It analyzed the exposure indicator obtained with the different population groups of Popayán in the period between 1 March 2020, and 19 May 2021. The population groups selected were men (regardless of age), women (regardless of age), and young people between 15 and 24 years old (regardless of gender). It chose these population groups to compare the exposure to COVID-19 between men and women in different social contexts, such as the Coronavirus pandemic and the social protests of 2021. Likewise, the population group of young people was selected because, presumably, they are the ones with the highest participation in the protests, so it could be observed if the change in the EI is significant concerning this period.
Figure 6 shows a comparison between the different population groups described using a line diagram, where it can be seen that women and men have practically the same patterns of exposure to COVID-19 for the period analyzed, with similar indicators. Both population groups present ascending trend lines with close R-Squared values (R2 for women 0.374 and R2 for men 0.366), so it can be presumed that exposure to the virus could progressively increase because of the greater mobility of the population groups. Likewise, for the youth population group, the dynamics of exposure to the virus are like that of other population groups, with higher values in the information stage and significant decreases in the quarantine stage. In the period of social protests, an increase in exposure was presumed because of the greater mobility of young people, but this was not reflected in the indicator, although a significant increase was observed for 28, 29, and 30 April 2021, where participation was higher than for other days of protests. Regardless, it is assumed that the exposure indicator is lower for the youth population group because it is based on a smaller sample size than the population groups of women and men. The published data considers young people between 15 and 24 years of age, while for the population group of men and women, people 13 years of age and older represent a much more extensive population range.
Likewise, Spearman correlation coefficient tests were performed between the different population groups for the period studied, where it was found that they present strong positive correlation values between each other, especially for the group of men and women ( ρ = 0.97); likewise, for the youth population group, the coefficients drop a little, but are still significant and with strong relationships between them (for men ρ = 0.92 and women ρ = 0.91). The above implies that beyond the population group studied, the dynamics of mobility of people and exposure to the virus are similar in the Popayán city for the period studied.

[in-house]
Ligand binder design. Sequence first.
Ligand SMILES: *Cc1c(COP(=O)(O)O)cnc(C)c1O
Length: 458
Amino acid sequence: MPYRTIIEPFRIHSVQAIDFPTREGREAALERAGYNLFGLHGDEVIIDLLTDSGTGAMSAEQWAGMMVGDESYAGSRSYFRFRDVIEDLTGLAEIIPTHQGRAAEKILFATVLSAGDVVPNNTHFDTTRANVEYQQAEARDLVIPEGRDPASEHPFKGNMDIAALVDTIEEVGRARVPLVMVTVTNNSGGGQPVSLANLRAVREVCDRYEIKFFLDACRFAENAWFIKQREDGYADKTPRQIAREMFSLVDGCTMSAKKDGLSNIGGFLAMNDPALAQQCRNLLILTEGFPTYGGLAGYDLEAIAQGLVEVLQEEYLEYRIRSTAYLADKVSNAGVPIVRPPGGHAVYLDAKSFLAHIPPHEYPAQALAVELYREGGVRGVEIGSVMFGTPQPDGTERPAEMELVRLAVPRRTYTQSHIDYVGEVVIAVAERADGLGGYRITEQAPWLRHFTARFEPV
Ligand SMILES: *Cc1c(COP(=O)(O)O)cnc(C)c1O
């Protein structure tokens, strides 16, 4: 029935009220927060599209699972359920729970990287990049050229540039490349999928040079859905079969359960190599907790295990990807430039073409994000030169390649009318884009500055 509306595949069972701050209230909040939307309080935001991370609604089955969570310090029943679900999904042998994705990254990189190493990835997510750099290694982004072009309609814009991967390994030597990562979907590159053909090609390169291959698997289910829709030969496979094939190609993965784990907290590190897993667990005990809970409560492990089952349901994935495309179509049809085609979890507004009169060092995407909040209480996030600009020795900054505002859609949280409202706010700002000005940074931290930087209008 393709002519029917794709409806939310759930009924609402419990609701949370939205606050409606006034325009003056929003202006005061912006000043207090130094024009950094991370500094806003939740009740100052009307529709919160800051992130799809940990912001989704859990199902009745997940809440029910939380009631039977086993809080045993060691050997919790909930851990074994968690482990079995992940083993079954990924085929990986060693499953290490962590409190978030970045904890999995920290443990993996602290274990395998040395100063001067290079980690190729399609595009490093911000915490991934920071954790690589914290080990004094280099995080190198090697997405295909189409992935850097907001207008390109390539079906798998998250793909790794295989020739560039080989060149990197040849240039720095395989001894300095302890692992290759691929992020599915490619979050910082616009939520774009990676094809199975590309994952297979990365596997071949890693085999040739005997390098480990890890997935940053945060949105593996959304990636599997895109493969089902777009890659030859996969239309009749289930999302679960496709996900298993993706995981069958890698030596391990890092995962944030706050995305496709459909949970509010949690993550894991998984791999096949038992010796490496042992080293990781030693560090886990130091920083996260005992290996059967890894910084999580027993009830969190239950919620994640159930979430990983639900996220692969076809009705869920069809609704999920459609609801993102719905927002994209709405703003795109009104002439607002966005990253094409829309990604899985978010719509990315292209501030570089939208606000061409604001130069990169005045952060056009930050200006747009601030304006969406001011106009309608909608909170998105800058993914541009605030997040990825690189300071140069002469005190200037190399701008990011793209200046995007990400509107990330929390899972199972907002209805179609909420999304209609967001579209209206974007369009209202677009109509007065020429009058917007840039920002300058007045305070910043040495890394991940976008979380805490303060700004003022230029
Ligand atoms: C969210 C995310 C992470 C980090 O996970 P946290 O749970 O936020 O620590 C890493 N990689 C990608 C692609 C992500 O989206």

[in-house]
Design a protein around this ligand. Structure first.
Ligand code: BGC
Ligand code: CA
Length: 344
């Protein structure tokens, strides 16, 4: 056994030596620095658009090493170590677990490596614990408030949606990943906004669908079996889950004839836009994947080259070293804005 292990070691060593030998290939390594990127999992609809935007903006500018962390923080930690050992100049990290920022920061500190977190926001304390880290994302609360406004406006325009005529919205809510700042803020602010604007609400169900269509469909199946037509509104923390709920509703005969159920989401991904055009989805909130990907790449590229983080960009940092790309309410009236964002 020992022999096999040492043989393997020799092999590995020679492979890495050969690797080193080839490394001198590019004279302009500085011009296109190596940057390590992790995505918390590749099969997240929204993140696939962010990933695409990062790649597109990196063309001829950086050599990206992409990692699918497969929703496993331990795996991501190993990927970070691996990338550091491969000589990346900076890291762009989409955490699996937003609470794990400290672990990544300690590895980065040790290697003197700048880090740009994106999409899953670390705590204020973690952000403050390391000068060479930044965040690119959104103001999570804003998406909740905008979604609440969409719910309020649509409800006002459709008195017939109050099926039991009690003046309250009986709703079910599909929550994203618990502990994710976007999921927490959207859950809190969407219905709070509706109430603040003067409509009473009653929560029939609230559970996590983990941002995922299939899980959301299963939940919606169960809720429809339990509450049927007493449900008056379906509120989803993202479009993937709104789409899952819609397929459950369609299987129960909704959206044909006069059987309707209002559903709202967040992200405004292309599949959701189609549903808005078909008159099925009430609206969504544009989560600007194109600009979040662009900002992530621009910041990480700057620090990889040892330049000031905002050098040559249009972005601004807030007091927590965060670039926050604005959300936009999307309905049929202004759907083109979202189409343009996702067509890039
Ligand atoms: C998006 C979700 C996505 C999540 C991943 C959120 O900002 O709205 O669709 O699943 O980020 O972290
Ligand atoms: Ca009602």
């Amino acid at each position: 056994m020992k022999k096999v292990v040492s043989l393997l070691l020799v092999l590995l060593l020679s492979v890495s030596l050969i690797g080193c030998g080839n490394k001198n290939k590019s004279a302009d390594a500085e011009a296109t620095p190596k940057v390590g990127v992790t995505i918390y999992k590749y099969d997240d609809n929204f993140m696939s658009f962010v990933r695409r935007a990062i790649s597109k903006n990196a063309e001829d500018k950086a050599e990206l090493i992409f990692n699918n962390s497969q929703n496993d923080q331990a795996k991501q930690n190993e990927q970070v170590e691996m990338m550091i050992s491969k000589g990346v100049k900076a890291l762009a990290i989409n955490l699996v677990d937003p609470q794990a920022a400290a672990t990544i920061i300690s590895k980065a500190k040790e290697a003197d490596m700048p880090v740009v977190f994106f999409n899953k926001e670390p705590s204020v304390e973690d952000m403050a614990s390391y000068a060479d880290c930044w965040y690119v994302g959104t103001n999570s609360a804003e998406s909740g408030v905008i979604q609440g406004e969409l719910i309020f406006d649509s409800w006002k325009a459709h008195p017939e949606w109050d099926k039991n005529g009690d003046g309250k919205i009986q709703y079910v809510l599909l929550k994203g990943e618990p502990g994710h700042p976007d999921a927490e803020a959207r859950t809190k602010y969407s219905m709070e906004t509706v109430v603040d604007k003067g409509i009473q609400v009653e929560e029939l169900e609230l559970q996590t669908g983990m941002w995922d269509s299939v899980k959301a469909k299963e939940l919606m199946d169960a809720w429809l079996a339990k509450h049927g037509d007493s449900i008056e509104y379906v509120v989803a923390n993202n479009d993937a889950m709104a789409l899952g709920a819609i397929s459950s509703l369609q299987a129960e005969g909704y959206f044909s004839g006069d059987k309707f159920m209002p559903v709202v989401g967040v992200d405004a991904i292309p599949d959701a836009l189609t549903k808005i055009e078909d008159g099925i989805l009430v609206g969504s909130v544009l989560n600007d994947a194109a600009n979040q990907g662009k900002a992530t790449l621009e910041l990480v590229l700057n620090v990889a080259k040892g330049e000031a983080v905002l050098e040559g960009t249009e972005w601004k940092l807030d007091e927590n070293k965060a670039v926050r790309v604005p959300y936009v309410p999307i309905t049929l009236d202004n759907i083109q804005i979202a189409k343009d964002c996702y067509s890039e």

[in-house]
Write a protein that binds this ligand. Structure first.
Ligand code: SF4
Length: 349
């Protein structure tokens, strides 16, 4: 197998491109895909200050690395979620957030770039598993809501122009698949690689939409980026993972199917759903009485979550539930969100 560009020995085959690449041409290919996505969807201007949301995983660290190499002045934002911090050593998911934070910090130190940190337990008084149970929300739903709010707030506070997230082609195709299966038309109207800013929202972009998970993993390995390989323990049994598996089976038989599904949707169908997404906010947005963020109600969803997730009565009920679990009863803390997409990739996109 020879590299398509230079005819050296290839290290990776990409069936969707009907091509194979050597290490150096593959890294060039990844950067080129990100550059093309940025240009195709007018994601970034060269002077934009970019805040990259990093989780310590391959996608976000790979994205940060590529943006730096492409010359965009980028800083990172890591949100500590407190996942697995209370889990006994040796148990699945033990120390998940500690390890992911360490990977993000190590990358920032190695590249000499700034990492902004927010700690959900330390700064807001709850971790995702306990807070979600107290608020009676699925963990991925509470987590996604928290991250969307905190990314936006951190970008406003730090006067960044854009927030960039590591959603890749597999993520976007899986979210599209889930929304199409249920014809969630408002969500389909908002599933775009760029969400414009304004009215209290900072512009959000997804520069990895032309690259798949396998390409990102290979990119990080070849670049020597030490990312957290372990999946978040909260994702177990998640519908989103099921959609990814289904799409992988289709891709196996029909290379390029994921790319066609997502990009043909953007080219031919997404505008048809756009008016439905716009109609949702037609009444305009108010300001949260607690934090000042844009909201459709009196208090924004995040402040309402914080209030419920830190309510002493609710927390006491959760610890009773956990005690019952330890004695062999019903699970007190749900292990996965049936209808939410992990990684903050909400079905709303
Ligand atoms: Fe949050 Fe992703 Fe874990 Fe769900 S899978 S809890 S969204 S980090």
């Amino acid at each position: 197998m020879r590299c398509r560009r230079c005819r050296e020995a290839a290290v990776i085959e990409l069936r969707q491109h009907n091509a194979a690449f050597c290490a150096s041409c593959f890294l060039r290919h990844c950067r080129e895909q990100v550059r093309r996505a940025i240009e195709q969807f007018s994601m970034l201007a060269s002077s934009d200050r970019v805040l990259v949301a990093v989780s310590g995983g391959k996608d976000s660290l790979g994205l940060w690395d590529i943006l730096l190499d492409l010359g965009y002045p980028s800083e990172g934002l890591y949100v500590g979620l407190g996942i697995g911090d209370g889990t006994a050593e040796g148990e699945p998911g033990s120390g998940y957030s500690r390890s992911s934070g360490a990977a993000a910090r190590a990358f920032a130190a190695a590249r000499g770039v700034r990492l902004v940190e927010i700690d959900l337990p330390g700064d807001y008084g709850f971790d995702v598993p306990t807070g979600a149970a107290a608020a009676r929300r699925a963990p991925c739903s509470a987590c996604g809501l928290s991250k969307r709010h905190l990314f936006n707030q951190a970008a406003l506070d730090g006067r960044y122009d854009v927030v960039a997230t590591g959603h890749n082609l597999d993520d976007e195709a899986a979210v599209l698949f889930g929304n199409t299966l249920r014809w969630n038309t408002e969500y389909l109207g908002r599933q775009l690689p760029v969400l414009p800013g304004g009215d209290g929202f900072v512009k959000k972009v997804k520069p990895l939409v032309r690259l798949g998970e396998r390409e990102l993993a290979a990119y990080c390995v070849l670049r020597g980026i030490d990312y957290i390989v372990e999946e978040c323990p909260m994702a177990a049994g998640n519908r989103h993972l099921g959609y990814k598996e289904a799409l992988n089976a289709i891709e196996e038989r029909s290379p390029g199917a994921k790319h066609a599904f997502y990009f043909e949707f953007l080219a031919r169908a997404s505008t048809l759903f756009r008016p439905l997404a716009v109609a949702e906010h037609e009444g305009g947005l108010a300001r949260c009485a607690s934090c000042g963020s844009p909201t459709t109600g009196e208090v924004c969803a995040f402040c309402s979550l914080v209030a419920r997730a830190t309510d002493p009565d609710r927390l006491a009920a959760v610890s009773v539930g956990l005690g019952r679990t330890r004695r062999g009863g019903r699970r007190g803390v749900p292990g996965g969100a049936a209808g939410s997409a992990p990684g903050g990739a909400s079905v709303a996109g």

3.3. Comparison of Different Administrative Areas According to the Exposure Indicator

This section compares and analyzes the exposure indicator obtained among 25 administrative areas (municipalities) of Colombia between 1 March 2020, and 19 May 2021, some with similar sociodemographic characteristics and populations, emphasizing the municipality of Popayán. For this purpose, the exposure data based on the mobility of each municipality are organized and compared, and their Spearman correlation coefficient is determined for each administrative area. The correlogram matrix produced (Figure 7) is based on 445 observations. It displayed positive correlations in blue and negative correlations in red.
In general, it can be observed that the correlation coefficients found for 20 of the 25 municipalities studied are positive and can be moderate to strong and statistically significant. Although, it should be noted that there are some exceptions in the municipality of El Tambo (Cauca department), Uribia (La Guajira Department), El Paso (Cesar Department), and Yolombó (Antioquia Department) that presented low correlation values concerning other administrative areas. This allows inferring that the dynamics of mobility and exposure among the different municipalities were similar, with a decrease in the population’s movement under strict quarantine and a progressive increase in selective isolation.
However, some municipalities (El Tambo, Uribia, El Paso, and Yolombó) presented low correlation coefficients, which can be explained because a large part of the population of these municipalities is in rural areas (approximately 80%). This behavior means that most of the population does not act as a source of mobility data for Facebook because, in the countryside, there are difficulties in accessing the internet (it is estimated that in Colombia, internet access in the countryside is less than 10%) [38], which could lead to unrepresentative data. This can be corroborated when analyzing the municipality of La Virginia (Risaralda Department), which presents strong correlation coefficients (approximately 0.9) and has a population of close to 27.000 people, of which only 2.3% is rural. This implies that the total number of people in an administrative area is not an excluding factor for presenting low correlation coefficients for other municipalities, while internet access could be a determining element.
Finally, with the information presented in the correlation matrix, it can be shown that the strategy implemented by the Colombian national government to curb the expansion of COVID-19 was followed in the 25 municipalities analyzed since they presented similar dynamics of mobility and exposure throughout the study period except to a lesser extent for the period of social protests. However, if the analysis focuses on the 2021 protests, the EI varies in the municipalities, with correlation values no more significant than ρ = 0.82. This allows inferring that each municipality has had different mobility and exposure dynamics for this period and that it has thoroughly followed not all demonstrations called at the national level. This does not mean that the population did not show in these administrative areas, but they did so at different times (days), unlike the quarantine period in which the call to stay at home was generalized and followed by a large part of the population of these municipalities.